There is no such thing as a future you
I am a big fan of Elizabeth Day and her book How to Fail. In her latest book “Failosophy” she talks about how there is no such thing as a future you. This idea is that we change and grow all the time, therefore, we are setting ourselves for failure, particularly long-term goals such as five-year plans. She argues that setting this type of goals is a source of unhappiness because our future self is optimistic and would have overblown expectations. When we fail to meet them, we become disappointed and sad. I understand her premise, but I partially disagree.
I love a five-year plan; I think they are great because it is important to understand the direction of travel you want for yourself. For example, if you want to save for a deposit for a home, you need a five-year plan because for most of us we cannot drop tens of thousands of pounds in one go. I want to be wealthy, but my unsustainable shopping habits is not going to get me there, therefore, I need to set five year saving goals to take advantage of “compounding interest”. Therefore, we need to look forward to the future and make changes today.
What is critically important is to have realistic expectations of ourselves when setting goals. Elizabeth Day makes this very clear in her book and which I agree with. We should set kinder objectives that are grounded in knowing yourself. Do not set your goal to run a marathon, if that is not your style, why don’t you commit yourself for going on a jog and build up from there? In my case, I absolutely HATE running, I would never do it unless someone forced me to; that is not sustainable so there is no point in setting such a goal. However, I recognise that moving and keeping fit is important for my body, so I have committed to skip and workout instead because this is more realistic for me.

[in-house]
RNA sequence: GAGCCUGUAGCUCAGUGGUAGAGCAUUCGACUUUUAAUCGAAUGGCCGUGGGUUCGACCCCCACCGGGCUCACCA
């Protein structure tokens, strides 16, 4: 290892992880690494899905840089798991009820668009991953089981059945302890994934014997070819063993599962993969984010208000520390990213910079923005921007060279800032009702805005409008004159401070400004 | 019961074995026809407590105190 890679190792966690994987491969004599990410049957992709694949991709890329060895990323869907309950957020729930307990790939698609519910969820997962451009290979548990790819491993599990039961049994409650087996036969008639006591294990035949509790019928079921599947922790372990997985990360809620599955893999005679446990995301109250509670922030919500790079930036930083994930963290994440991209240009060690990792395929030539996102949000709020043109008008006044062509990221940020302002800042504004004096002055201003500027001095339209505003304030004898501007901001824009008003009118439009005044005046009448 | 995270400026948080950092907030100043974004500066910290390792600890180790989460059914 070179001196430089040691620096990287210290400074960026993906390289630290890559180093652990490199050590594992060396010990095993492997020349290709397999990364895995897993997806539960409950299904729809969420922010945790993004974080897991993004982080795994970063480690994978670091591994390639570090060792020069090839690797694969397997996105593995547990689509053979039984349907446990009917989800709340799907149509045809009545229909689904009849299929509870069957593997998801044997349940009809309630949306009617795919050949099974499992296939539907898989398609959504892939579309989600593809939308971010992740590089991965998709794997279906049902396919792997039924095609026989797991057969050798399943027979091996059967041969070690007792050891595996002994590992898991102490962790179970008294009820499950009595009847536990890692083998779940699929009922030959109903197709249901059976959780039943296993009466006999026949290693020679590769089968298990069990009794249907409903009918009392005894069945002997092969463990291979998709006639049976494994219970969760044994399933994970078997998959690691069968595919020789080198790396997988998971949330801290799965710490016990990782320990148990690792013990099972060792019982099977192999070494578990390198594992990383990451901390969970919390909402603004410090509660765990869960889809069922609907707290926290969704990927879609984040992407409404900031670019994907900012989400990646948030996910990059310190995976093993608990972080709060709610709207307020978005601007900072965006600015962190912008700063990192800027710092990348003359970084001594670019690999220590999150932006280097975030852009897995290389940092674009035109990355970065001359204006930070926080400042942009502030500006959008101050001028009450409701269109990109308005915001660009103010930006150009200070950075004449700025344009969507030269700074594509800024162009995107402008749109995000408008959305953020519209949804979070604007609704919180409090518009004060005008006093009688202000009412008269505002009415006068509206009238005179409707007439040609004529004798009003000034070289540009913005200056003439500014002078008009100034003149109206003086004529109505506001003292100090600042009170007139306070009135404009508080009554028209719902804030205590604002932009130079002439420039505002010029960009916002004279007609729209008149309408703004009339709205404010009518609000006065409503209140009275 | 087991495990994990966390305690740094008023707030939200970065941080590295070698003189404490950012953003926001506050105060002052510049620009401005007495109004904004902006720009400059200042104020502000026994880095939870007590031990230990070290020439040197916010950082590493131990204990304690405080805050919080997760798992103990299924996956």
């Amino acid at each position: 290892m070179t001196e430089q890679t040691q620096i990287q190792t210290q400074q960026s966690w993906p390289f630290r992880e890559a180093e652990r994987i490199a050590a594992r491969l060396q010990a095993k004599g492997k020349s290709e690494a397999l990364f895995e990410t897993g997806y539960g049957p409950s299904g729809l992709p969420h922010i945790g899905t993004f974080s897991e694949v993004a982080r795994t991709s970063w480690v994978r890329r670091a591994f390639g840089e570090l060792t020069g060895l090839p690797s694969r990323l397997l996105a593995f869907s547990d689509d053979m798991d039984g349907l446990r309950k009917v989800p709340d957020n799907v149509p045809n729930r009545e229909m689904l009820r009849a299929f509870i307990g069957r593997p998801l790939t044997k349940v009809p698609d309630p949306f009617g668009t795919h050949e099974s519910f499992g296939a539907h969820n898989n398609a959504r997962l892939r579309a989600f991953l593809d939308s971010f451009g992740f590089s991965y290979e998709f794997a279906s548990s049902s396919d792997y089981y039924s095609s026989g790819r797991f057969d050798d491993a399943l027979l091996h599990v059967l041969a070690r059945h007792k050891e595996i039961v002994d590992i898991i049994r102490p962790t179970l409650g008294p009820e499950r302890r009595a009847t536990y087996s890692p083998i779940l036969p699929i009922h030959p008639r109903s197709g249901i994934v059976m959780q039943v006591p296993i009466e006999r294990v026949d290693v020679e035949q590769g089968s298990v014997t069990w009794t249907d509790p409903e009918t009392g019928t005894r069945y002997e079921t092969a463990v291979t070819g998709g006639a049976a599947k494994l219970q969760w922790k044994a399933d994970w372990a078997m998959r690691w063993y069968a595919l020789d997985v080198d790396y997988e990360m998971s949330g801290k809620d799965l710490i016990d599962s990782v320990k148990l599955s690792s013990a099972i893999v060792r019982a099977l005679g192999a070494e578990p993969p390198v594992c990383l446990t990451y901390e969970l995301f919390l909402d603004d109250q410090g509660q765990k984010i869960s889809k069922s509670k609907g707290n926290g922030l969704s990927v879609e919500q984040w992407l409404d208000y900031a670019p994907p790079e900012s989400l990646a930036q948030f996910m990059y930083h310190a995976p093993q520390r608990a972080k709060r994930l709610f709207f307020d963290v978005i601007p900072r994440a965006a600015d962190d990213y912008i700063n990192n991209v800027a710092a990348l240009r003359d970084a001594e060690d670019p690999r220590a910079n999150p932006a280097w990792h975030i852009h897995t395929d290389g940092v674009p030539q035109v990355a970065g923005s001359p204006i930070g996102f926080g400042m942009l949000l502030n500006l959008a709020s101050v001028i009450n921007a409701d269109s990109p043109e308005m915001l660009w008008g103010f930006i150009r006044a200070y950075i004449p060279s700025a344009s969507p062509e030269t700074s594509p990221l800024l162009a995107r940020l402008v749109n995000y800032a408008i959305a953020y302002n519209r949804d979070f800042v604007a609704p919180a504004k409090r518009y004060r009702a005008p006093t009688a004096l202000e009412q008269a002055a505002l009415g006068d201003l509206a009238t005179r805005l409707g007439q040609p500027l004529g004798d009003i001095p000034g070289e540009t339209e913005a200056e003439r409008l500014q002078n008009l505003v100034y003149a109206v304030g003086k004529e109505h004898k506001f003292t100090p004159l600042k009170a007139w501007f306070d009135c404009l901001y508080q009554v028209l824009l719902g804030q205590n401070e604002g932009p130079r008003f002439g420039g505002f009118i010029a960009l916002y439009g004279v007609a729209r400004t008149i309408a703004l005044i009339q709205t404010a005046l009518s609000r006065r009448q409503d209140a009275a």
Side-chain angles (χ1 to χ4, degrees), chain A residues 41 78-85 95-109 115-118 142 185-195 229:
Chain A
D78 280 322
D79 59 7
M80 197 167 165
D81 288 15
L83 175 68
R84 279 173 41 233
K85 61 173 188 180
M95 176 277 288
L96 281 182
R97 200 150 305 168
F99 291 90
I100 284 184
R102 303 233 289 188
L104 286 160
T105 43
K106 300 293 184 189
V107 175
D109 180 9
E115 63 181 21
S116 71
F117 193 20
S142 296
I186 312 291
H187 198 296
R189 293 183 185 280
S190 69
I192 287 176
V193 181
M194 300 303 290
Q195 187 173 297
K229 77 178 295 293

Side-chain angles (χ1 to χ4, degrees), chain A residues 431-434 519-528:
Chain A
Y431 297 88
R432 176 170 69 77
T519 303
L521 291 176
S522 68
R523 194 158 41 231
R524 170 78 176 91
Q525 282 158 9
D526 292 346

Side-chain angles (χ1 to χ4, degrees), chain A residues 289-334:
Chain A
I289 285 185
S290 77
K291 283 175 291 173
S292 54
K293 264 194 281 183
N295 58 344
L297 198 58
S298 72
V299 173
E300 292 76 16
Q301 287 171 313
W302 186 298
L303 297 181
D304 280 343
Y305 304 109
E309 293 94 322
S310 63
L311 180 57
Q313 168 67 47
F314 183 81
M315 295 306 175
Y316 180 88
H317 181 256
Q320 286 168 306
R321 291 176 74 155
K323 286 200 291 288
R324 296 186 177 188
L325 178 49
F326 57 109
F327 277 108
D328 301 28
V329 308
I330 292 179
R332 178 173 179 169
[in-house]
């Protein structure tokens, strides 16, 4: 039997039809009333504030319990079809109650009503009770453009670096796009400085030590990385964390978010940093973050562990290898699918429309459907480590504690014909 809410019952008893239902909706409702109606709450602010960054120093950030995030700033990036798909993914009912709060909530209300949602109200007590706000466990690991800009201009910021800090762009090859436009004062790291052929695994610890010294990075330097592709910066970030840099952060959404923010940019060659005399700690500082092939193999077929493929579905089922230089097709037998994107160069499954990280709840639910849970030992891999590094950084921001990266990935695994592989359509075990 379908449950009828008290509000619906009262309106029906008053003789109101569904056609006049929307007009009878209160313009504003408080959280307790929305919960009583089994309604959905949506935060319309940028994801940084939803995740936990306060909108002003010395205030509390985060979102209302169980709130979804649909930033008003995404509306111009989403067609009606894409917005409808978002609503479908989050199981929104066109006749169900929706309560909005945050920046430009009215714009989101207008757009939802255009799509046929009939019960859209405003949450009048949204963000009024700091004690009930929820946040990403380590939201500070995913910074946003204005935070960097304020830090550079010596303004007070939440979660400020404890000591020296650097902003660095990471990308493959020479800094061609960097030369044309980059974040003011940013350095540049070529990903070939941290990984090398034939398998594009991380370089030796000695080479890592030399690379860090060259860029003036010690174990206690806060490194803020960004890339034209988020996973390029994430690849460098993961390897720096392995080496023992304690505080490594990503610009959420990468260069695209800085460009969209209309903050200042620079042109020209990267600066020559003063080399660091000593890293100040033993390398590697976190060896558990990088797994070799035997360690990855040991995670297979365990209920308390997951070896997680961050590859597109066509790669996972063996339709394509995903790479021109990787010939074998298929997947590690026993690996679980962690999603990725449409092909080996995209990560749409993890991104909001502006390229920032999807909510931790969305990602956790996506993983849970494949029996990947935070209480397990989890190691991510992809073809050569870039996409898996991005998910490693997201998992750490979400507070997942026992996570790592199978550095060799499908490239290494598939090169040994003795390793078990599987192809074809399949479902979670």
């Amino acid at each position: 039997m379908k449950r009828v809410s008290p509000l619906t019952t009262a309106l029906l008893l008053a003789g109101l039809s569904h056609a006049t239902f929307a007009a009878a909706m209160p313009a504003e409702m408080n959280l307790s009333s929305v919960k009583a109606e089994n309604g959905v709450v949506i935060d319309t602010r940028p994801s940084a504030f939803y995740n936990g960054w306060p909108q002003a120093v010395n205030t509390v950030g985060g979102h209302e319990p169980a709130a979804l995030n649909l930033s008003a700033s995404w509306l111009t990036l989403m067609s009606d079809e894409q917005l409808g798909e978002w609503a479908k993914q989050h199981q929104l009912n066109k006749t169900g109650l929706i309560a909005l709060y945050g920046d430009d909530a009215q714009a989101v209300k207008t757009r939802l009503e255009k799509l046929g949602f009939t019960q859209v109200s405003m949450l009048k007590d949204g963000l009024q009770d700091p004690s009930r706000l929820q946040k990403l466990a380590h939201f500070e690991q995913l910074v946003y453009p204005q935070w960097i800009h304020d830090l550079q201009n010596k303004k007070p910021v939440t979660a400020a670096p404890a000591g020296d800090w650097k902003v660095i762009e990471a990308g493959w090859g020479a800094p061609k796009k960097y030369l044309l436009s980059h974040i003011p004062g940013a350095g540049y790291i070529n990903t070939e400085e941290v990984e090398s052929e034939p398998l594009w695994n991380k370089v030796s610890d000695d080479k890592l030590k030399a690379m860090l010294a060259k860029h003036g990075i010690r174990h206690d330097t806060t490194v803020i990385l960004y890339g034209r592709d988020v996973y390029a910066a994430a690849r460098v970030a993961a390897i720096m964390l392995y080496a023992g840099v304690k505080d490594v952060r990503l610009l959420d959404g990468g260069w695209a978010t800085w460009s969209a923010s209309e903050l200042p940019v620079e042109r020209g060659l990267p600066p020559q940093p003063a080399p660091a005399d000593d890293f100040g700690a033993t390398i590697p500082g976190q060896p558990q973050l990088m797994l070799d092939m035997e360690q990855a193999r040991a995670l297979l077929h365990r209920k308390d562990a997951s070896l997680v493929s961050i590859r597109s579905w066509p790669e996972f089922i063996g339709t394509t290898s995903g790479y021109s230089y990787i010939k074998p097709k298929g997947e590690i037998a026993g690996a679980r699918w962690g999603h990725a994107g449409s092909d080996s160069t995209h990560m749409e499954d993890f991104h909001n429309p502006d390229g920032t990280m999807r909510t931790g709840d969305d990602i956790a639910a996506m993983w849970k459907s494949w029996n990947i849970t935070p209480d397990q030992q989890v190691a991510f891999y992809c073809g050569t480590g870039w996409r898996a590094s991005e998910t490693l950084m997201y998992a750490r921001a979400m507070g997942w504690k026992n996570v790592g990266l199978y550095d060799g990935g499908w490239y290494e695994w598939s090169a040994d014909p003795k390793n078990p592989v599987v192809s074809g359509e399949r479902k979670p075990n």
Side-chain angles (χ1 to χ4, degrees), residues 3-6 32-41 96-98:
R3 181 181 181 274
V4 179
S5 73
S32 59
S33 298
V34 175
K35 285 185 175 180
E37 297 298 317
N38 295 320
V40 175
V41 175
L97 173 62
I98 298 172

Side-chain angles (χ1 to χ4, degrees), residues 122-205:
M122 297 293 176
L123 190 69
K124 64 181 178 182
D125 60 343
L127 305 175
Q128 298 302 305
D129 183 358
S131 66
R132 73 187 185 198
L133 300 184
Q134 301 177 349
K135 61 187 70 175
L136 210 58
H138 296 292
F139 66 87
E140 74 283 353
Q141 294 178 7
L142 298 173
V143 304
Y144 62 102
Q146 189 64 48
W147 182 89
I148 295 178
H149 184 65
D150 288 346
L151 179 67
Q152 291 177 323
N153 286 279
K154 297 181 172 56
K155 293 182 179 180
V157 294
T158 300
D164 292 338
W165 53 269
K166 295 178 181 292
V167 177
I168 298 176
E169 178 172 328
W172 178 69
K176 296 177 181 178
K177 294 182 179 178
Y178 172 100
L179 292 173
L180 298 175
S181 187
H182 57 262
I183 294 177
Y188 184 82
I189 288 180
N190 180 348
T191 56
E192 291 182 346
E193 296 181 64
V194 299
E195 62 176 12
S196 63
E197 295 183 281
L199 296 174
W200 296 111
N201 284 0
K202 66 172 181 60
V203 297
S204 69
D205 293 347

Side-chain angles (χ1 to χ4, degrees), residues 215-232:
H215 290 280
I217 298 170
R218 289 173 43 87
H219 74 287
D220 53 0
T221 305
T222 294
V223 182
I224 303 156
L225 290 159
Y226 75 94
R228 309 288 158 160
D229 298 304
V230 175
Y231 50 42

The key takeaway is to be honest with yourself. Pay attention to the present you rather than the future you. I love forward planning and goals, but they must be grounded on actions that can contribute something practical towards future growth now.
Maslow’s Hierarchy of Needs is a motivational theory in psychology that is often depicted as a five-stage pyramid; where the lower tiers (foundations) must be satisfied before individuals can attend the needs on the higher tiers. The first four levels are referred to as deficiency needs and the top tier is known as growth needs or being needs. Using this concept of tackling foundations before the needs above I have found it useful guide to set my goals.